A writer for the Hindustan Times describes a trip to Stockholm to make the stations of the Millennium Trilogy, on a tour of sites relevant to the books. (I wonder if the Swedish Embassy would swing a trip for me? Probably not.)
Maxine is all thumbs – thumbs up for Henning Mankell’s The Man From Beijing, that is. She thinks it’s unusual, ambitious, and marvelous –
Not only is the plot well-constructed in terms of the small-scale crime and the much larger, global wrongdoing, but I found myself being challenged by the various perspectives of the complex socio-economic issues facing the world as its population, expectations and technology develop while its resources become ever-more depleted. Henning Mankell is wise enough to know there are no answers, but by putting forward several views, both international and historical, he raises many thoughtful questions.
I wasn’t impressed by Tim Davys’s Amberville – at least, not impressed in a good way. At Reviewing the Evidence, I concluded it managed to be “simultaneously run-of-the-mill, quirky, and heavy-handed.” Gee, I really disliked that book, didn’t I?
The Miami Herald has a good interview with Arden Oplev, the director of The Girl with the Dragon Tattoo; apparently the sexual violence has provoked some controversy.
“Lisbeth has become an icon for women,” Oplev says. “She goes through this bad stuff. She’s abused . . . , but she never, ever becomes a victim. She fights back. She gets in your face.” . . .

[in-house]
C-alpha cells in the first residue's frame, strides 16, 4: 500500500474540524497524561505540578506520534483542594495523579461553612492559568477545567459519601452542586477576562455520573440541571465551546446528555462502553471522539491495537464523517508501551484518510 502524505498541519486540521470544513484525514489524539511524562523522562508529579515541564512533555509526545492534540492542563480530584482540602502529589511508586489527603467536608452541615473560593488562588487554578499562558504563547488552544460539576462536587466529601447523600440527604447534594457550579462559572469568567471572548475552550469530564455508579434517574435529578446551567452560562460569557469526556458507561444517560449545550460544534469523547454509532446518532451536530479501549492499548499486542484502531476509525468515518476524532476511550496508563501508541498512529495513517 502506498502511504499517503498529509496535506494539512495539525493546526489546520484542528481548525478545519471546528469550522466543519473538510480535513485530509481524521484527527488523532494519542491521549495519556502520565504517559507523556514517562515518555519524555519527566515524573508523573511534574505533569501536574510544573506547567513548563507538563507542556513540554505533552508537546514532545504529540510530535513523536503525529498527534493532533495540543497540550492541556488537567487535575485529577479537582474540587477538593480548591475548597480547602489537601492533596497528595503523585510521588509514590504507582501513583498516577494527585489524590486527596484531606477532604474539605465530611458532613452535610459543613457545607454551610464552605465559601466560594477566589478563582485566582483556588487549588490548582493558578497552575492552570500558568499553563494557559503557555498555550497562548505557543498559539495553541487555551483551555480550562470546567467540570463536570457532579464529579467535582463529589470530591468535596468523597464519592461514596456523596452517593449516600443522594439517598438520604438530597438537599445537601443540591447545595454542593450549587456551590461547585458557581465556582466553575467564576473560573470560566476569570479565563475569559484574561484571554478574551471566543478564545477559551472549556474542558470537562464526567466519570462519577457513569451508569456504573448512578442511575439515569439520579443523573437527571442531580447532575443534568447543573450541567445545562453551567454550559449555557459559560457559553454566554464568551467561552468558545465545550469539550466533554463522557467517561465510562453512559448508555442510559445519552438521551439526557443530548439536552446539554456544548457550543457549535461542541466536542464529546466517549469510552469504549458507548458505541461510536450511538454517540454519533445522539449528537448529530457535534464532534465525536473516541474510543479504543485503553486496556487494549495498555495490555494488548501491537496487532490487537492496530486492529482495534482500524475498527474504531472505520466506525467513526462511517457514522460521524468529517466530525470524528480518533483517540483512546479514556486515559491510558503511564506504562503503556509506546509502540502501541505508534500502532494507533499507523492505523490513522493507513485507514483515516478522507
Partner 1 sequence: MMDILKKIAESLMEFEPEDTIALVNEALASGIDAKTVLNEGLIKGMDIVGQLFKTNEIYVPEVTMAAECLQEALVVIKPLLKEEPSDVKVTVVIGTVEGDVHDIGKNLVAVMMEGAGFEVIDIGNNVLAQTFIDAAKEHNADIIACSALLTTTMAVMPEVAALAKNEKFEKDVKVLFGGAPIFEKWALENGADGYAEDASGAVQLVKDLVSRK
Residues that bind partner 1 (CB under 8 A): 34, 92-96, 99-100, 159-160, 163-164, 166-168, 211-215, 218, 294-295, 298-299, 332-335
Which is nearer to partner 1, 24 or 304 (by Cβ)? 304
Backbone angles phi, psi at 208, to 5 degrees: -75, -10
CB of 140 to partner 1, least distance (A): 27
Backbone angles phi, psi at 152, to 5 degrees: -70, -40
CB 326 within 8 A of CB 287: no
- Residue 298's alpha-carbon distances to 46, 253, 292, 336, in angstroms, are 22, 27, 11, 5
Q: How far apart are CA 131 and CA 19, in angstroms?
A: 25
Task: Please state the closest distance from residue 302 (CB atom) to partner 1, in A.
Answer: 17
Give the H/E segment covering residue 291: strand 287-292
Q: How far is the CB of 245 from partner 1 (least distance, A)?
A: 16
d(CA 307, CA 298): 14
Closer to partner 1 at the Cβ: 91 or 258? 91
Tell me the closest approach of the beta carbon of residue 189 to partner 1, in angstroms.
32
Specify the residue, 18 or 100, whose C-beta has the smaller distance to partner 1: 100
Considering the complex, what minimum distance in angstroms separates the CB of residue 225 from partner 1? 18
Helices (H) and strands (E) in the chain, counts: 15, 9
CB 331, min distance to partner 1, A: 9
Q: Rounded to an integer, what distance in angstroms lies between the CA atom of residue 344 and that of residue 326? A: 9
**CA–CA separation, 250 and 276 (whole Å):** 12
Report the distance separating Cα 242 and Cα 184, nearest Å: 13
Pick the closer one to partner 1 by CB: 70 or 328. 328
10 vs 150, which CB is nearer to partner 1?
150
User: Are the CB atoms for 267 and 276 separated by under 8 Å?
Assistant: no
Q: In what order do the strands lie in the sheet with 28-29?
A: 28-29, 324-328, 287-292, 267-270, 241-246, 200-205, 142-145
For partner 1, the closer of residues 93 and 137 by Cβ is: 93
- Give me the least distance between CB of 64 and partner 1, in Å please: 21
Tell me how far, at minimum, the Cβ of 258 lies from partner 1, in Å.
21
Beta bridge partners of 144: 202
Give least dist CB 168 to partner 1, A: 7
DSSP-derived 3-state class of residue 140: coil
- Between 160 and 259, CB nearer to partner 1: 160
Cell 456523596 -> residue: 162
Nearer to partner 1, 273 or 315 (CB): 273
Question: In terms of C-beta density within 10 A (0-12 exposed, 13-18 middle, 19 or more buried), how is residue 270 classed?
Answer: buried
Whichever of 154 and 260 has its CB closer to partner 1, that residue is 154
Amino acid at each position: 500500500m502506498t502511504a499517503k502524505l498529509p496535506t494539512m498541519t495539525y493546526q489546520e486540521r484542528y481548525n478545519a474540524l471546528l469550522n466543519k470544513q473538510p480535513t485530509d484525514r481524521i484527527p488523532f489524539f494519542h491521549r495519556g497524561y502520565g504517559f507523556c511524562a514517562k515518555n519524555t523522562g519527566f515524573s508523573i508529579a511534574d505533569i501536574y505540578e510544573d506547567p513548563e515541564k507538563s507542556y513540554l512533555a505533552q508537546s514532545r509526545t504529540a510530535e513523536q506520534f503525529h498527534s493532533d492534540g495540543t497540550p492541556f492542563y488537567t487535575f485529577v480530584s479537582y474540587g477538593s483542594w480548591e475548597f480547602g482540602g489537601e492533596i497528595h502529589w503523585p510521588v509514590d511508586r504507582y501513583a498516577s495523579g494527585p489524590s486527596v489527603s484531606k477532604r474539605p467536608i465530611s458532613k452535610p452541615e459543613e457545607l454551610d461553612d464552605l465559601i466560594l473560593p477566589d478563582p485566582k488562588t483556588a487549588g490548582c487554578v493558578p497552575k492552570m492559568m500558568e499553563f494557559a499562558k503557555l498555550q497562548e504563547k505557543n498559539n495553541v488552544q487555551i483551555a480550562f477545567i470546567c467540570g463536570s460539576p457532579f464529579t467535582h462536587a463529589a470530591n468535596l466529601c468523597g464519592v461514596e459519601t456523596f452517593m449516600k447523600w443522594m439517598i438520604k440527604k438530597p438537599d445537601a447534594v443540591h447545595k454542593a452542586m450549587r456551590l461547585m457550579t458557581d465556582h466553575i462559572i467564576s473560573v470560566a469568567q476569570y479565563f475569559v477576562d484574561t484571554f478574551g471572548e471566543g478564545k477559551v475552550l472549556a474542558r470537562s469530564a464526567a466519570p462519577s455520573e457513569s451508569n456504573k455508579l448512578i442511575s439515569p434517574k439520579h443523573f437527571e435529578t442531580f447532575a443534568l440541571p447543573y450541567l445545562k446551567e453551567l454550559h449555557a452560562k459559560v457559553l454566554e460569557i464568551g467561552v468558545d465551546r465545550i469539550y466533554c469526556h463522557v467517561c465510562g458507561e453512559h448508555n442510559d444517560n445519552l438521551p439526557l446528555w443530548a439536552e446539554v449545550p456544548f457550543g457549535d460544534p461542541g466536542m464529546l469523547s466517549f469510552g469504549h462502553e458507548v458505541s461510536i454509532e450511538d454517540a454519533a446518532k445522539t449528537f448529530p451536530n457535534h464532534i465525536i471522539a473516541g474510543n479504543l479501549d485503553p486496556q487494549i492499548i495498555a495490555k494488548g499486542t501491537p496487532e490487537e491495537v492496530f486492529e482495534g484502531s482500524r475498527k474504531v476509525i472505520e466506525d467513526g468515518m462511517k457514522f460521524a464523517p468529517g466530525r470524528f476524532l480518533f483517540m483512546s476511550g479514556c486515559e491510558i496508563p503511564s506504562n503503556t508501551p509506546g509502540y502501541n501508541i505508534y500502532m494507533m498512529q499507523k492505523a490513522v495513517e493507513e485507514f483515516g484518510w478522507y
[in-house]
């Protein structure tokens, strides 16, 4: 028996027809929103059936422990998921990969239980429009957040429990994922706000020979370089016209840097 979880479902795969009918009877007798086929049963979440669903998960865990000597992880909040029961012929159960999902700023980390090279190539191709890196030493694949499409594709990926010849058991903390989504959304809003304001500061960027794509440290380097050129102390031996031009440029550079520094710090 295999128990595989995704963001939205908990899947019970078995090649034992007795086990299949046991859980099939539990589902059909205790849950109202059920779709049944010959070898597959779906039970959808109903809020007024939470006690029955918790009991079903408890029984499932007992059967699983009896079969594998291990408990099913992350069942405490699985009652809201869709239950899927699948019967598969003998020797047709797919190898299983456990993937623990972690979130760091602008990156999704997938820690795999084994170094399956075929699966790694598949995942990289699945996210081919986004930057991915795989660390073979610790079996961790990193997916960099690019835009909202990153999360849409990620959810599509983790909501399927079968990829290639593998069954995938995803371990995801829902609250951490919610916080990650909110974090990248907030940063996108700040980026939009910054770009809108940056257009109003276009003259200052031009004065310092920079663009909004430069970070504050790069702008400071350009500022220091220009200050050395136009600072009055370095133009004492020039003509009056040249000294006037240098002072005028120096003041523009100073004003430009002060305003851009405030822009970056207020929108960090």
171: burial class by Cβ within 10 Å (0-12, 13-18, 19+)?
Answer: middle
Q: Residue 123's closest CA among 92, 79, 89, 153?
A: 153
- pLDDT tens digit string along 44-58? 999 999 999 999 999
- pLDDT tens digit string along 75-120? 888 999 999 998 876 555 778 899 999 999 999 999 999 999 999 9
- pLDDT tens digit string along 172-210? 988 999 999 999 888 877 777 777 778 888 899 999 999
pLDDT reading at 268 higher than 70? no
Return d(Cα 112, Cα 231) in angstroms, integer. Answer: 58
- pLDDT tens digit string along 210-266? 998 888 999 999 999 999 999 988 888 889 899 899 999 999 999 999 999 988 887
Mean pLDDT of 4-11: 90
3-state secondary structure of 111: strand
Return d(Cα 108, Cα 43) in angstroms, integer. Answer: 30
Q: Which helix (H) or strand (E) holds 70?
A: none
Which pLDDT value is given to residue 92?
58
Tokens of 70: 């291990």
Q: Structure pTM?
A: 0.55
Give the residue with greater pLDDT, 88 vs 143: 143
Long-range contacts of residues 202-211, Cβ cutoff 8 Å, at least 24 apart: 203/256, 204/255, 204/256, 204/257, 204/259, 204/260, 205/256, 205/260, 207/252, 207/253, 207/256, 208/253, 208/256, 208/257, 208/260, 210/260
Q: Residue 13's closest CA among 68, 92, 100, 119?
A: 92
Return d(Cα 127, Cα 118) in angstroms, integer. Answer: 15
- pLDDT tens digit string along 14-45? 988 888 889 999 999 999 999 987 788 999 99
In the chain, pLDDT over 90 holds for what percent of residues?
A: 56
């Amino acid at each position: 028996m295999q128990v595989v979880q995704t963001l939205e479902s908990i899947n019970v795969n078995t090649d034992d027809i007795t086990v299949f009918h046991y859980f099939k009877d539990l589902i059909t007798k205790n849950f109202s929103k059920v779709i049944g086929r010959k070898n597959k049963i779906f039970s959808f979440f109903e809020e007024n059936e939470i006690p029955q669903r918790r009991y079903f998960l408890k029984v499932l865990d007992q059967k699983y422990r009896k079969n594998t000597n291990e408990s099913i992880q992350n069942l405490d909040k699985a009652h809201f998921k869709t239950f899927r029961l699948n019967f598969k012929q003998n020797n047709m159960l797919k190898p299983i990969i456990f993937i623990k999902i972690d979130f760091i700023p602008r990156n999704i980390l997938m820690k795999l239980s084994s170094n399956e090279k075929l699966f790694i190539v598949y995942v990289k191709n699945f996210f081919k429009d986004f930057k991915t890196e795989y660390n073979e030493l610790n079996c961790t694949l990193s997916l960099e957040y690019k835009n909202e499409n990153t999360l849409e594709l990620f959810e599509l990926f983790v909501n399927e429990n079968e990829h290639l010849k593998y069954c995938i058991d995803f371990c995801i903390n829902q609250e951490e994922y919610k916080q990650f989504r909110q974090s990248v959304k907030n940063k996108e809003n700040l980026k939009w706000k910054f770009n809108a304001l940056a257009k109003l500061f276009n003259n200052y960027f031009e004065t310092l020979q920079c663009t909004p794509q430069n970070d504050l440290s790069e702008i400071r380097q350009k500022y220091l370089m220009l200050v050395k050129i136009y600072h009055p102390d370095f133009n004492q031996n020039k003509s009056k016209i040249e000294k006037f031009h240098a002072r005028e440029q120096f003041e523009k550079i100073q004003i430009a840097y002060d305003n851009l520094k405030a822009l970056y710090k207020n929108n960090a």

“In the U.K. and the U.S. there’s been a stronger reaction about the rape scene than there has been in Europe,” Oplev says. “Certain critics, both male and female, seem to have gotten thrown off by the graphic violence against Lisbeth. They’ve not really understood the rape scene is made to make the audience uncomfortable. It’s of vital importance to me that it not be entertaining.
“In Larsson’s book, it’s a very important part of the story. The book is entertaining, but I wanted to keep the political edge of the subject of violence against women. I wanted Larsson’s vision to live on. I didn’t want it to become toothless. So I chose to make this scene really tough. But, interestingly enough, the scene does not show more than five seconds of the attack. It’s all preparation. . . . I wanted the audience to feel horrific. Rape is a horrific thing. I have a wife and two teenage daughters and a strong old mother who is 89 and was a feminist before the word was defined. She has OKed the film. I would hate if somebody thought I did that to exploit women.”
Peter is not looking forward to the Hollywood remake of the film. Neither am I, but I’m sure looking forward to the Swedish one.